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The Texas economy: incubators and economic development.

The Texas Economy: Incubators and Economic Development

A new economic development strategy has emerged in Texas. Since the mid-1980s, public and private organizations have increasingly emphasized the importance of building indigenous or home-grown companies. Industrial relocation, long the central focus of regional economic development, continues to be important. But economically, it tends to be a zero-sum game - one region or location benefits only at the expense of another. Encouragement of indigenous companies on the other hand presents opportunity for long-term economic development for several reasons. First, this strategy harnesses local entrepreneurial talent. Second, it builds companies, which in turn create jobs and add economic value to a region and community. Third, this strategy keeps home-grown talent within the community. Fourth, it encourages economic diversification and technological innovation by creating a climate that rewards productivity and innovation. In this context, new business incubators are proving to be a key component in the development of an indigenous company strategy in a region or community.

The increasing importance of an indigenous company strategy is reflected in the growth of business incubators in the United States. As shown in the accompanying chart, incubators have been steadily increasing since the early 1980s, and there are now about 350 business incubators in operation.

Texas is among the leading states in incubator development. As shown in the second chart, Pennsylvania currently has 42 incubators; Illinois and New York have more than 20; Michigan, Wisconsin, Ohio, North Carolina, and Indiana have more than 10; and Washington and Texas have 10 each. The new business incubator is attracting widespread attention not only in the United States, but also in many other countries including France, Germany, Sweden, England, Japan, and Canada. It goes under a variety of names including "innovation center," "enterprise center," and "business and technology center."

Innovative System

An incubator is an innovative system designed to assist entrepreneurs in the development of new firms. By providing a variety of services and support to start-up and emerging companies, the incubator seeks to link effectively talent, ideas, capital, and know-how to leverage entrepreneurial talent, accelerate the development of new companies, and thus speed the commercialization of technology.

The word incubate means to maintain under prescribed and controlled conditions favorable for hatching or developing. It also means to cause to develop or to give form and substance to something. To incubate fledging companies implies an ability or desire to maintain prescribed and controlled conditions favorable to the development of new firms. The "controlled conditions" include four types of support systems: secretarial support, administrative assistance, facilities support, and business expertise, including management, marketing, accounting, and finance. In addition, the incubator attempts to extend the networking capabilities of the entrepreneur through affiliations with the private sector, universities, government entities, and nonprofit institutions. The expectation is that this system can result in viable tenant companies that generate economic growth, diversification of technology, job creation, profits, and successful products.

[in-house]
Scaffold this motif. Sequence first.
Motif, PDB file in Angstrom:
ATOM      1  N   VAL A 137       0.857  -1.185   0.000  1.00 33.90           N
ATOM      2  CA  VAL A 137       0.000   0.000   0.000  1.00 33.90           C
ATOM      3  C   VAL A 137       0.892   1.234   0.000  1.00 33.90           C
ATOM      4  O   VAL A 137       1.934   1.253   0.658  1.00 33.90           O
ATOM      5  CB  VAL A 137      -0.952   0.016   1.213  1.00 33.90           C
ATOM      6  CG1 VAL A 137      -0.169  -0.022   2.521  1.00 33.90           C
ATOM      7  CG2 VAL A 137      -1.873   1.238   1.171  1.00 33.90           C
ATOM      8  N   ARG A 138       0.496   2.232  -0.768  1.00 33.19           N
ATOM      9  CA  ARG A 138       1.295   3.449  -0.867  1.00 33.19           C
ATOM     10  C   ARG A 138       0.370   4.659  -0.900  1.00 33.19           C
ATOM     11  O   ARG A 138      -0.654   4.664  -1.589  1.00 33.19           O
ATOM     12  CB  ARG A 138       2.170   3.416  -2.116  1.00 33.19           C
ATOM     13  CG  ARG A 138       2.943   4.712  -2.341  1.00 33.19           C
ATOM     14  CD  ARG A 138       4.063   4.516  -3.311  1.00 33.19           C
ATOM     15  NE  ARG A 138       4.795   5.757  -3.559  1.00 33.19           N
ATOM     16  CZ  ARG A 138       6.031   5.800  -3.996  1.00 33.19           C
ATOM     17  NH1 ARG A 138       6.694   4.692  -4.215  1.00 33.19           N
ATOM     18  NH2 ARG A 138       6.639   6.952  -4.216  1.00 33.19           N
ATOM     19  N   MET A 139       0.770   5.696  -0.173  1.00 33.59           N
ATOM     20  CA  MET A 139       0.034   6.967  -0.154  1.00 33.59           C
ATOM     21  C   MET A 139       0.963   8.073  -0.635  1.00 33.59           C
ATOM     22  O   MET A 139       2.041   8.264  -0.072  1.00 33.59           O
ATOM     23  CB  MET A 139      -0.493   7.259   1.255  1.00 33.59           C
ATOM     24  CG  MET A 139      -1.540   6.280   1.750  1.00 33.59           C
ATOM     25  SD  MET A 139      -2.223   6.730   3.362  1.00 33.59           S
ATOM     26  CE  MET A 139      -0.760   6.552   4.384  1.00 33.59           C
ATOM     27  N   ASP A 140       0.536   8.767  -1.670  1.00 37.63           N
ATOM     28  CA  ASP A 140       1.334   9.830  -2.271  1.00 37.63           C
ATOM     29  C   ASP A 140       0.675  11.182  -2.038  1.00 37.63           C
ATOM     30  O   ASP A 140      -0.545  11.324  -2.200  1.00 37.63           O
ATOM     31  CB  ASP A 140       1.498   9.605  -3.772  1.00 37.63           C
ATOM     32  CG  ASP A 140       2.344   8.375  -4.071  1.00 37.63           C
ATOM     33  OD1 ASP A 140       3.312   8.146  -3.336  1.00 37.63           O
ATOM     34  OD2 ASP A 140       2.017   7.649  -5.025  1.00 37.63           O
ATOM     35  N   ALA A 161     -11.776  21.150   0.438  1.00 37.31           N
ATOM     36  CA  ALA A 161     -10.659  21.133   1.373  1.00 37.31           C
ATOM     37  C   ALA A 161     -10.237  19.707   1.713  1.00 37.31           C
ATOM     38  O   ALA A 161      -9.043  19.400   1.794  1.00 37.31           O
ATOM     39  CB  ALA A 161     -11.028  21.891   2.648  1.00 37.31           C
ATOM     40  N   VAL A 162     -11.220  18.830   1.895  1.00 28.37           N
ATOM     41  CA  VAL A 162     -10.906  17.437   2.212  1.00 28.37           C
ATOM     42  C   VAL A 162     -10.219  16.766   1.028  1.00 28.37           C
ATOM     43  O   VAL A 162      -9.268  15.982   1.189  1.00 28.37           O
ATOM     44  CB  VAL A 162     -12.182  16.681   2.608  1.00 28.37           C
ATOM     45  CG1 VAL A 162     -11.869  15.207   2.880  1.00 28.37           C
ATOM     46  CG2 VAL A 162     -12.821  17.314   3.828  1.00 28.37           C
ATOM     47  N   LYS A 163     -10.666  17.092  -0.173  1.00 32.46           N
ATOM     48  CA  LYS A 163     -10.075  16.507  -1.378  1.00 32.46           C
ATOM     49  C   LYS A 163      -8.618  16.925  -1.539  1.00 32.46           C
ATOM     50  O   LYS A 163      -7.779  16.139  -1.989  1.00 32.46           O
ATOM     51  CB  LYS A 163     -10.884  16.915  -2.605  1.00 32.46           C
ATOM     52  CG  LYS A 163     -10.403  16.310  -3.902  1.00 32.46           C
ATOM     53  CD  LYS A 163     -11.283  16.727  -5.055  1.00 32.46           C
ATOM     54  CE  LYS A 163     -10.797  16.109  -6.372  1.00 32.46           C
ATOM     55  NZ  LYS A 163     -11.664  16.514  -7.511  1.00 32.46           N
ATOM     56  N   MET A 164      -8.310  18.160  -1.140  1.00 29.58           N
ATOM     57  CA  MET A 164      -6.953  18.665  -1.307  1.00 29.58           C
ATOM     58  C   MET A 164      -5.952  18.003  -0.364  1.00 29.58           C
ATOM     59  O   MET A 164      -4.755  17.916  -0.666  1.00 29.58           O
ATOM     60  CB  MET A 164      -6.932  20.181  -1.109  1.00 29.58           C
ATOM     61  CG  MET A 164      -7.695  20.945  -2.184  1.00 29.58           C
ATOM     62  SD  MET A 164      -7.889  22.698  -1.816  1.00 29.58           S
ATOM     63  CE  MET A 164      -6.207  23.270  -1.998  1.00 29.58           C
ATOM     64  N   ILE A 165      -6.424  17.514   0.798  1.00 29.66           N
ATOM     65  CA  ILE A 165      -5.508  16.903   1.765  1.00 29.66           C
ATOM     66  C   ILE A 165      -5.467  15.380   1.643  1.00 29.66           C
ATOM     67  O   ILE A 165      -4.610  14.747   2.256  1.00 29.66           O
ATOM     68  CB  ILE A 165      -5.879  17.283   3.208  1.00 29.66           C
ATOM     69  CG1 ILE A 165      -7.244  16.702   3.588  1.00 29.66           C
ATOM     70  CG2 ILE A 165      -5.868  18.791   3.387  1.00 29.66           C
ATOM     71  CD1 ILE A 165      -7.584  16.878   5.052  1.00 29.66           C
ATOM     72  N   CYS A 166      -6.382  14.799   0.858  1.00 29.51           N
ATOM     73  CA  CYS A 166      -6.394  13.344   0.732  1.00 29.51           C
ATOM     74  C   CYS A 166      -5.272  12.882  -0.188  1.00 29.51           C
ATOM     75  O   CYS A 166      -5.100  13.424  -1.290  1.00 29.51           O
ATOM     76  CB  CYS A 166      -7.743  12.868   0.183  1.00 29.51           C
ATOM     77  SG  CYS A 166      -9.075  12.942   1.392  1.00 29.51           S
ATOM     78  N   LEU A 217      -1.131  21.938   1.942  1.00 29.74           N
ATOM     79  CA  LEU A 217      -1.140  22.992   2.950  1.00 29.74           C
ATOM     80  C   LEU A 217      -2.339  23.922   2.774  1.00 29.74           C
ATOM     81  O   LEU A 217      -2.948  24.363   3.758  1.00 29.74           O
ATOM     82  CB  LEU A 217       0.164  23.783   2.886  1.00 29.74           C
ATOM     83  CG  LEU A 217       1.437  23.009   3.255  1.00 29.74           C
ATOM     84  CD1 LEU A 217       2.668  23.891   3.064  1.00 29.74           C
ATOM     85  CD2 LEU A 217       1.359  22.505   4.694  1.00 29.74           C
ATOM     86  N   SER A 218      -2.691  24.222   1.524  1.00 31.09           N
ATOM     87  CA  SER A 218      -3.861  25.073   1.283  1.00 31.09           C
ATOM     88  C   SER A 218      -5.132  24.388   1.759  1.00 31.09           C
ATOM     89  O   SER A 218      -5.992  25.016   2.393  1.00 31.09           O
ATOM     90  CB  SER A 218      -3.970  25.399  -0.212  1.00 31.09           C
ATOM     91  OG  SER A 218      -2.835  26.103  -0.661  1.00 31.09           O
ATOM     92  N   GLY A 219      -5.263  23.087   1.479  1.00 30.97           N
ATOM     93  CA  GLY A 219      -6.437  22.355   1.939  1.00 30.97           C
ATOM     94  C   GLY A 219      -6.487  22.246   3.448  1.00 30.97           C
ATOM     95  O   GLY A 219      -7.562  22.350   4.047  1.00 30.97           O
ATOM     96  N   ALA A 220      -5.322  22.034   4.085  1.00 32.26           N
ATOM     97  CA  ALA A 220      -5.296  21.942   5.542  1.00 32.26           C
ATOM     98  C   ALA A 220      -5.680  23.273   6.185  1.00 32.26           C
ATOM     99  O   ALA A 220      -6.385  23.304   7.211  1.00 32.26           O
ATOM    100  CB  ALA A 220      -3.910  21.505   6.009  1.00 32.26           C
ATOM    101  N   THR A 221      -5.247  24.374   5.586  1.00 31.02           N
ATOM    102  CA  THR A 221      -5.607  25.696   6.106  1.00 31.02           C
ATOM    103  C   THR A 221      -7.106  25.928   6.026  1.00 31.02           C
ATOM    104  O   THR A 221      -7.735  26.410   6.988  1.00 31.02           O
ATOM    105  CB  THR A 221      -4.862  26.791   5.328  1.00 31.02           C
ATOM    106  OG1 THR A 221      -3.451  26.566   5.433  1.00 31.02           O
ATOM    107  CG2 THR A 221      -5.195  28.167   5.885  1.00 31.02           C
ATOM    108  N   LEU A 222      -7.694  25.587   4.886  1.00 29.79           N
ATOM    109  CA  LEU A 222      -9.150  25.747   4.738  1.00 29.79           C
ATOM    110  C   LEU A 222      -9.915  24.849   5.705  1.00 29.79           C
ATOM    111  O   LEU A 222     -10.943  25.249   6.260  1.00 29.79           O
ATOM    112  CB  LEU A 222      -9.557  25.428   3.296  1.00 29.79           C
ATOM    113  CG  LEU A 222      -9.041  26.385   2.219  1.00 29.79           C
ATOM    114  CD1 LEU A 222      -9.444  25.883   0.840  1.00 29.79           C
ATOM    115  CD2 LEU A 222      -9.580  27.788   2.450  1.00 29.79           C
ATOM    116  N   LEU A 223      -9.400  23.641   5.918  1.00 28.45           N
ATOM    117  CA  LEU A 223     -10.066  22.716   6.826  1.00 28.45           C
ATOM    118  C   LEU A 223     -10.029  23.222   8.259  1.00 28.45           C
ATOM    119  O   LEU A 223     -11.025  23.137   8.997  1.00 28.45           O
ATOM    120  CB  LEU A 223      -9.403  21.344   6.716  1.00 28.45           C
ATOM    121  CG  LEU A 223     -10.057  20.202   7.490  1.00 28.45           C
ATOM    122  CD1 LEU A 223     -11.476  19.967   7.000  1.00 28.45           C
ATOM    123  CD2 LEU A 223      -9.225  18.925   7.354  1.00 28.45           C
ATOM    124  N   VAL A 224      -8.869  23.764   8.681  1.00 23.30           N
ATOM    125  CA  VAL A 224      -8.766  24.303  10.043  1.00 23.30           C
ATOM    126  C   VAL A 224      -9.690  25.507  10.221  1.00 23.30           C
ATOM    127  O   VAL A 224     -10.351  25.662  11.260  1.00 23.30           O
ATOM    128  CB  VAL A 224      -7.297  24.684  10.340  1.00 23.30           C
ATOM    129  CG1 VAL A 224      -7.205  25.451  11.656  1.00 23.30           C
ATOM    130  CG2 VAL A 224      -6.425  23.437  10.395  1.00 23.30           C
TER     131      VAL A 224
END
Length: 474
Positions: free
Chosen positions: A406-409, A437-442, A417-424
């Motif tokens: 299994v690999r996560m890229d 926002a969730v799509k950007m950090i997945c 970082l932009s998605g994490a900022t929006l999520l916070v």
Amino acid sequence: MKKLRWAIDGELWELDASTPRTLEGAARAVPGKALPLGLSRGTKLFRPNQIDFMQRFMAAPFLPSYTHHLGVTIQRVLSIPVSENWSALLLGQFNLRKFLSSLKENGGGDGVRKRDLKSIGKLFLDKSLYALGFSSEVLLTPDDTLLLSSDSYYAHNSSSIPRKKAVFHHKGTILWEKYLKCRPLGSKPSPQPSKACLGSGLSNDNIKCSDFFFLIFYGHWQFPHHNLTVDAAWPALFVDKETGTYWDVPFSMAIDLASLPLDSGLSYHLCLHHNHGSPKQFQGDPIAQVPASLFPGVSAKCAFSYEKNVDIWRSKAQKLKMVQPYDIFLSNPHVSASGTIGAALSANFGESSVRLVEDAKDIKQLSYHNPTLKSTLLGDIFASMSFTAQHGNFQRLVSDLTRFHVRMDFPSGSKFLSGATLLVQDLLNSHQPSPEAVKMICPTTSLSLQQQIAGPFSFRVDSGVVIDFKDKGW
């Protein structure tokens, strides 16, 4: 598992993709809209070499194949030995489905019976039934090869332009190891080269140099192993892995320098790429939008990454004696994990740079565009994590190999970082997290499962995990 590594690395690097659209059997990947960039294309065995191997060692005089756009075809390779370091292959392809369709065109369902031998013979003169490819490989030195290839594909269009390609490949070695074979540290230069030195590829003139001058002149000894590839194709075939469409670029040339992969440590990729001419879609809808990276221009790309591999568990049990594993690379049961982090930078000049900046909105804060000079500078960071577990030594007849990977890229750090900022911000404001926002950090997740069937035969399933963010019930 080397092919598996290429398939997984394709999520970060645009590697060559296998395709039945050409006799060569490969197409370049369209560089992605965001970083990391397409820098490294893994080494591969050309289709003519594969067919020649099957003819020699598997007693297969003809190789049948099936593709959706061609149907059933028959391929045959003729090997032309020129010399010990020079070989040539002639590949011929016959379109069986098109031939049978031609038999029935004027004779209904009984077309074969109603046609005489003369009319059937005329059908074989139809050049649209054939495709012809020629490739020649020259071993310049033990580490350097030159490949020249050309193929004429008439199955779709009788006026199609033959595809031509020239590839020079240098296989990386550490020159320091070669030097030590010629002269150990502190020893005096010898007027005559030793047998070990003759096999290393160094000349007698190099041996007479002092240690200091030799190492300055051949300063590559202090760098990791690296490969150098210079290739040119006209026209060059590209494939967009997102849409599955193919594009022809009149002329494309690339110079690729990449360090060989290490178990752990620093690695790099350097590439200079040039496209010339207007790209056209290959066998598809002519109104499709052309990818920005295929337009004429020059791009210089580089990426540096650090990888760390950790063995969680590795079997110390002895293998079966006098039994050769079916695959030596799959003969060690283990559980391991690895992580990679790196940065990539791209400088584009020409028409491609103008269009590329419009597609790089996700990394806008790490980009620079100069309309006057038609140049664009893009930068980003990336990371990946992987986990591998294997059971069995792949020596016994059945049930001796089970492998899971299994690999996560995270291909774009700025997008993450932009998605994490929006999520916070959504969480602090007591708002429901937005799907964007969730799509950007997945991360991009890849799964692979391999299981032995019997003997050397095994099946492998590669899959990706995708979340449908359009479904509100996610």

Texas Incubators

Although incubators in Texas are relatively new, they are already contributing to economic development in the state. The ten Texas incubators have a total of 133 companies currently operating in their facilities, and they have graduated 39 so far. Since 1985, the Texas incubators have generated 953 jobs. The table appearing on page 4 provides some basic information on each of the incubators operating within the state. The newest of the Texas incubators, the Austin Technology Incubator, is unique in that it is a joint venture sponsored by UT-Austin, the City of Austin, the Austin Chamber of Commerce, and private donors with a focus on developing new technology-based businesses. All ten of the incubators in Texas have been started within the last five years.

As with other incubators in the United States, the Texas incubators have a diverse set of entrance and exit criteria. For some, the entrance criteria are quite flexible, meaning there are no specific guidelines for admission. Others specify a range of requirements used in the admission evaluation process. In terms of exit criteria, some incubators have an open policy, meaning they do not require tenant companies to leave the facility. Others expect firms to graduate or leave in two or three years or progressively raise rents to encourage graduation so that other, new companies can be admitted to the incubator. [Tabular Data Omitted]


New business incubators reflect an increasing emphasis on an economic development strategy that focuses on the building of indigenous companies. Communities throughout Texas have established incubators that in turn are contributing to economic development in those regions of the state.

Raymond W. Smilor Executive Director, IC [sup.2] Institute and Associate Professor of Management University of Texas at Austin
COPYRIGHT 1989 University of Texas at Austin, Bureau of Business Research
No portion of this article can be reproduced without the express written permission from the copyright holder.
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Title Annotation:business incubators
Author:Smilor, Raymond W.
Publication:Texas Business Review
Date:Aug 1, 1989
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